Chip MacGregor

December 13, 2011

Step Five: Map Out Your Strategies

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Now that you know what your brand is, what your strengths and weaknesses are, what goals you're trying to reach, and who your target market is, you need to make some specific choices. What are the basic strategies you're going to use to market your book? There are a million things you COULD do. Maybe you've picked up a couple of marketing books that offer "101 marketing ideas," or you've attended a seminar and heard other authors talk about a bunch of ideas they've tried. You can't do them all… so what steps will you choose? 

 
Will you focus on blog tours? Give away a lot of copies? Talk with reading groups? Redesign your website? Do some conference speaking? Distribute press kits? Try to get on a bunch of radio programs? Spend a lot of time placing articles with magazines and e-zines? Develop podcasts? Solicit dozens of reviews? Dig deep into the various Amazon tools? Network with key people? Focus on your blog readership? Use your associations or groups to get the word out? Develop a bunch of give-aways? Focus on broadcast media? Spend a lot of time at libraries? Visit targeted groups around the country? Participate in direct mail? Get involved in trade shows and conventions? Rely on key endorsements and recommendations? Do an author tour? Buy advertisements on the best websites? Try to steer sales to your website?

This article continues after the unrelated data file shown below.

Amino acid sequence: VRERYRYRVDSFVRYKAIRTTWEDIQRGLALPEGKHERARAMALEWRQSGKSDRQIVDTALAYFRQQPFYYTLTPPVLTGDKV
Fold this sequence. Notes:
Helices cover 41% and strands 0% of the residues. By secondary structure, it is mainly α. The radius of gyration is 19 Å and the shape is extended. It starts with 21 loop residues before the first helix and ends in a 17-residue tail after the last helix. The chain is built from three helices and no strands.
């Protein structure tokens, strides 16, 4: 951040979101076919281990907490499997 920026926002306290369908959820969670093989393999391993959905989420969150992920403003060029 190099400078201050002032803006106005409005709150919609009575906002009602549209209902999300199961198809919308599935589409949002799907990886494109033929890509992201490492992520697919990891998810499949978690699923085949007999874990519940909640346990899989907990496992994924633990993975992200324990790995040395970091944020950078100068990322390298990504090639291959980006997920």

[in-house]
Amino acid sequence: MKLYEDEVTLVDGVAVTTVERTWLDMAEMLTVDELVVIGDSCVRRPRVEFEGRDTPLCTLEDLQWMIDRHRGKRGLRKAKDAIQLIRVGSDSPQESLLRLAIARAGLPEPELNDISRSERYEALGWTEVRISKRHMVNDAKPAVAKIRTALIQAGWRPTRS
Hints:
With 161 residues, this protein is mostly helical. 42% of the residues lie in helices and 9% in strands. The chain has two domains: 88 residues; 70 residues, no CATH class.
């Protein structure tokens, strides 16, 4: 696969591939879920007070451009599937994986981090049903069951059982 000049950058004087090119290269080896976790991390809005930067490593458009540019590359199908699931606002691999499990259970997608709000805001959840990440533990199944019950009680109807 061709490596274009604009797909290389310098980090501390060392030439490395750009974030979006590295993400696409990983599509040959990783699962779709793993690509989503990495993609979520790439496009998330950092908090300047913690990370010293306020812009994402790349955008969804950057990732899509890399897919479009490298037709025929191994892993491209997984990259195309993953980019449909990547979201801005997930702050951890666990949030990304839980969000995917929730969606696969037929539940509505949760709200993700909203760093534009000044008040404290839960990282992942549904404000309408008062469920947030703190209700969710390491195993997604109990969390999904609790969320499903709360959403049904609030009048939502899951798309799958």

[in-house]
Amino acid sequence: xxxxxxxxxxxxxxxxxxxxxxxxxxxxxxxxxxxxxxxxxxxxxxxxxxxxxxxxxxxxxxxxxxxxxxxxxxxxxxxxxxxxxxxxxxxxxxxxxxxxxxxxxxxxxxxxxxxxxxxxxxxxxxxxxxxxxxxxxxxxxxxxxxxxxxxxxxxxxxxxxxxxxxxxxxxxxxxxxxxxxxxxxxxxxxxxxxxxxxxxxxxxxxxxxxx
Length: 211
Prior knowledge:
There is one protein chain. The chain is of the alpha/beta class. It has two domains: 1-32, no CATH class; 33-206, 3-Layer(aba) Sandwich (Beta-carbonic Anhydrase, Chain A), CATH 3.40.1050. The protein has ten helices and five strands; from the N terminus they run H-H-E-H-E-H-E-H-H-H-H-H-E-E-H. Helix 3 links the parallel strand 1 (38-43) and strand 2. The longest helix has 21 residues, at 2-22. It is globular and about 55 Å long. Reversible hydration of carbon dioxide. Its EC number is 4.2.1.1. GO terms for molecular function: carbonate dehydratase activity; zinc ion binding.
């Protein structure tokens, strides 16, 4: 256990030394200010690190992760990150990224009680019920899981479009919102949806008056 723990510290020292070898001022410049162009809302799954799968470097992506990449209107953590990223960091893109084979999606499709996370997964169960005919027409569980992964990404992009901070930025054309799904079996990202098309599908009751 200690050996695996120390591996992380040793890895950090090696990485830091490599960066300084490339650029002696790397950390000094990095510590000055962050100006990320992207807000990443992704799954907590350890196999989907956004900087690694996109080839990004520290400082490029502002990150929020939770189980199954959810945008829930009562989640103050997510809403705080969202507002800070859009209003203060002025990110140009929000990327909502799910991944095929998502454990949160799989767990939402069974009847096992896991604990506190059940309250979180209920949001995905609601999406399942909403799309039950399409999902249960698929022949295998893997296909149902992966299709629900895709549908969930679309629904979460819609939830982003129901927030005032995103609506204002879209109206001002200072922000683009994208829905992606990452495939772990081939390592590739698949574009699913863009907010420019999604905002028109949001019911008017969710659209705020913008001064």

You can't do them all. In fact, you don't want to do them all, since they would't all prove effective for your book. So as you think about your target market, what are the basic strategies that make sense? As you think about your strengths and weaknesses, what are the strategies you definitely need to consider? What are the strategies you probably need to forget about? At this step, you're simply picking the basic area in which you plan to work. 

And remember, most marketing gurus will remind you to you think hard about your uniquenesses. If you're a good "events" person, then decide you're going to focus on event-based marketing strategies. If you have a book that appeals to a particular career field, think about strategies that focus on using networks and associations. Don't assume what some writer friend tried will work for you — your book is different, and YOU are different. 
 

So here's where you make choices. In light of all the work you've done so far, what are the basic strategies that fit you, that fit your book, and that you think will help you to stand in front of your intended audience? 

 

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